A Less Snooty Tiffany Opens

Discussion
Sep 21, 2009
Tom Ryan

By Tom Ryan

Holly Golightly wouldn’t recognize the new Tiffany location in University Village in Seattle. Instead of stainless steel, the front doors are made of glass. The store is smaller than a typical Tiffany, focuses on lower-priced items, and even allows customers to touch some of the merchandise.

Tiffany opened a similar store at the Americana Shopping Center in Glendale, California during 2008. The more relaxed vibe is designed to encourage customers — mainly women — to interact with the product.

Inside, spacing is more open and some jewelry pieces in the university location are displayed on top of tables in “organic displays” so that customers can touch them, without asking for permission. Sales associates, called “stylists,” can ring up sales with handheld cash registers, much like the staff at Apple stores. The store, at 2,100 square feet, compares with the 4000-5000 square-foot size of a typical Tiffany location.

The store also focuses less on high-end jewelry and more on lower-priced but “higher-margin” best sellers. The Glendale location originally did not stock any engagement or high-end jewelry when it opened in October 2008, but recently added a “representative engagement ring assortment” due to customer requests.

Store manager Belinda Kearns told The Seattle Times that Tiffany chose University Village as a second site for the new concept because of Seattle’s “independent spirit and sophisticated sense of style.”

Ms. Kearns added, “It’s designed to let people explore and play a little bit with their own style. I think that will fit in well with University Village. It’s one of those places where people come to linger and relax.”

Regarding the use of glass doors, she said, “Some people might be a little intimidated walking through our big stainless-steel doors. It’s just our way of being more inviting.”

Paco Underhil, founder of Envirocell, the retail consultancy, particularly applauded Tiffany’s efforts to create an environment where consumers can “play” with the merchandise, akin to an Apple store.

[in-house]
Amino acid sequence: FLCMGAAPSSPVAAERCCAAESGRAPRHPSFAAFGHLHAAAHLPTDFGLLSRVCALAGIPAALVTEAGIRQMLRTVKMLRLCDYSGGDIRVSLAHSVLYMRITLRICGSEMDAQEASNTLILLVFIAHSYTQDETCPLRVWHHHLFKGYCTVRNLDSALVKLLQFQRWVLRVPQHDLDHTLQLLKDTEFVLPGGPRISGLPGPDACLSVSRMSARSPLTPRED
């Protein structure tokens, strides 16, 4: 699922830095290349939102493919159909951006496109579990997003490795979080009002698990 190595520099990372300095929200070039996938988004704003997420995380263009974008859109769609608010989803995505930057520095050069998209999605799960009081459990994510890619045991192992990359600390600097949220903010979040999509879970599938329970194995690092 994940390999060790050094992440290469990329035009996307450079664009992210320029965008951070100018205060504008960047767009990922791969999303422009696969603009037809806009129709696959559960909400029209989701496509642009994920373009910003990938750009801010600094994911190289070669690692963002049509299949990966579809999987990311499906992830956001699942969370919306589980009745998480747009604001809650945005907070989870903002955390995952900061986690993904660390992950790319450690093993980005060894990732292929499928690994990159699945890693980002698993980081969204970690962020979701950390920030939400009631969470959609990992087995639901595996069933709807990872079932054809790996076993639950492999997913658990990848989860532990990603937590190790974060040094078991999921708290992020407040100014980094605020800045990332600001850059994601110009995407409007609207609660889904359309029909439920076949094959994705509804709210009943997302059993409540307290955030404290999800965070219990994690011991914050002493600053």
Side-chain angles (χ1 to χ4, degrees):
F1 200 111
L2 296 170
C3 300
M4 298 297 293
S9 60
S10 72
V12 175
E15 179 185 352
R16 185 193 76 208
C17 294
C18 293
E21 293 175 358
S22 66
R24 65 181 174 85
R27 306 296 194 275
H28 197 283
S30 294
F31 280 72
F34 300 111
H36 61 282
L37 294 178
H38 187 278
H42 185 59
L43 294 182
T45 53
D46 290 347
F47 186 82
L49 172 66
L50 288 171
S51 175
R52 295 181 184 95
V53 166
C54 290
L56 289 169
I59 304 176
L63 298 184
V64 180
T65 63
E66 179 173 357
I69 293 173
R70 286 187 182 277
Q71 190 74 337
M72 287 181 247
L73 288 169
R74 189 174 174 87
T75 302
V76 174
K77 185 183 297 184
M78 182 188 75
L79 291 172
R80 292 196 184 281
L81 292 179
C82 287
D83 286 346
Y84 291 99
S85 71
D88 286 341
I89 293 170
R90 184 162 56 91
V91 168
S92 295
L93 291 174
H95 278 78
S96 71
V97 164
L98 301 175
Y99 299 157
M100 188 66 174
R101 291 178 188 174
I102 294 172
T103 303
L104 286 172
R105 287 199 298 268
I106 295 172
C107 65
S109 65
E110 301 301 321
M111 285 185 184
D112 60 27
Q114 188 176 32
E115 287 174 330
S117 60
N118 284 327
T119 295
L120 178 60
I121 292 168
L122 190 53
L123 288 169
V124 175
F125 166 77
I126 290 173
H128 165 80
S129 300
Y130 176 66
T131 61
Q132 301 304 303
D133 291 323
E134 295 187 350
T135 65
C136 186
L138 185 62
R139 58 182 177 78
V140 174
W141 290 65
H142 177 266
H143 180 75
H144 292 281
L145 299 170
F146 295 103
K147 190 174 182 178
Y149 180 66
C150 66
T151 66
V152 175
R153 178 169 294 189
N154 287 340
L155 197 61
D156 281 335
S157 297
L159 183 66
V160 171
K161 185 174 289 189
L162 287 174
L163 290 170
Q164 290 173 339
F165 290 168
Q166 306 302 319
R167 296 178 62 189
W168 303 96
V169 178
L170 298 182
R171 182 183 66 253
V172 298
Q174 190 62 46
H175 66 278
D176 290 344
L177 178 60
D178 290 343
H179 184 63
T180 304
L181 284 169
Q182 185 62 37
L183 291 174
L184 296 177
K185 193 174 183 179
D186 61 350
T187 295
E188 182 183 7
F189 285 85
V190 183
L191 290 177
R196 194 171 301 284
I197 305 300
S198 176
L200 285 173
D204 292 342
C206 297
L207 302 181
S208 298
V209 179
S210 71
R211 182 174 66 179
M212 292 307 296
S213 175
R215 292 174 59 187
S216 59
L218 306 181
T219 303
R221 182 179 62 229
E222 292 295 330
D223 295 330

“The thing about Apple stores is that they’re a temple to the brand,” Mr. Underhill told The Seattle Times. “Tiffany also has the potential to do that. In the larger national jewelry scene, Tiffany is the only real brand out there with some form of mass acceptance. It’s upscale, but approachable.”

Discussion Questions: Do you think a more relaxed and less formal Tiffany’s will work without turning off the chain’s traditional customers? Does allowing shoppers to touch merchandise and having associates user handheld devices fit with Tiffany’s image?

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8 Comments on "A Less Snooty Tiffany Opens"


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Doron Levy
Guest
Doron Levy
11 years 7 months ago

In a previous discussion, we talked about how luxury retailers are going to have to reach out to new demos to expand or even maintain business. Tiffany has realized that they need to execute on that. I haven’t seen the new format but I must admit that while shopping for an engagment ring, a visit to the Tiffany’s in downtown Toronto was in order. Describing their current format as imposing is an understatement. I actually wonder how many customers leave because they are too scared to shop there. This new relaxed atmosphere should do well for them and attract new buying groups.

Roger Saunders
Guest
11 years 7 months ago

What works in Seattle (or neighborhoods within that community), might not be applicable to other geographic locations. The more casual play in Seattle is likely to be a winner. And, having consumers coming into a more moderately priced environment in the new store, provides the leverage to evolve to added, more traditional, price points that Tiffany represents based on customer demand.

Retail, because we’re operating in a “consumer-centric” environment, as opposed to a “product-centric” one, can call the shots in locations like this.

Bill Emerson
Guest
Bill Emerson
11 years 7 months ago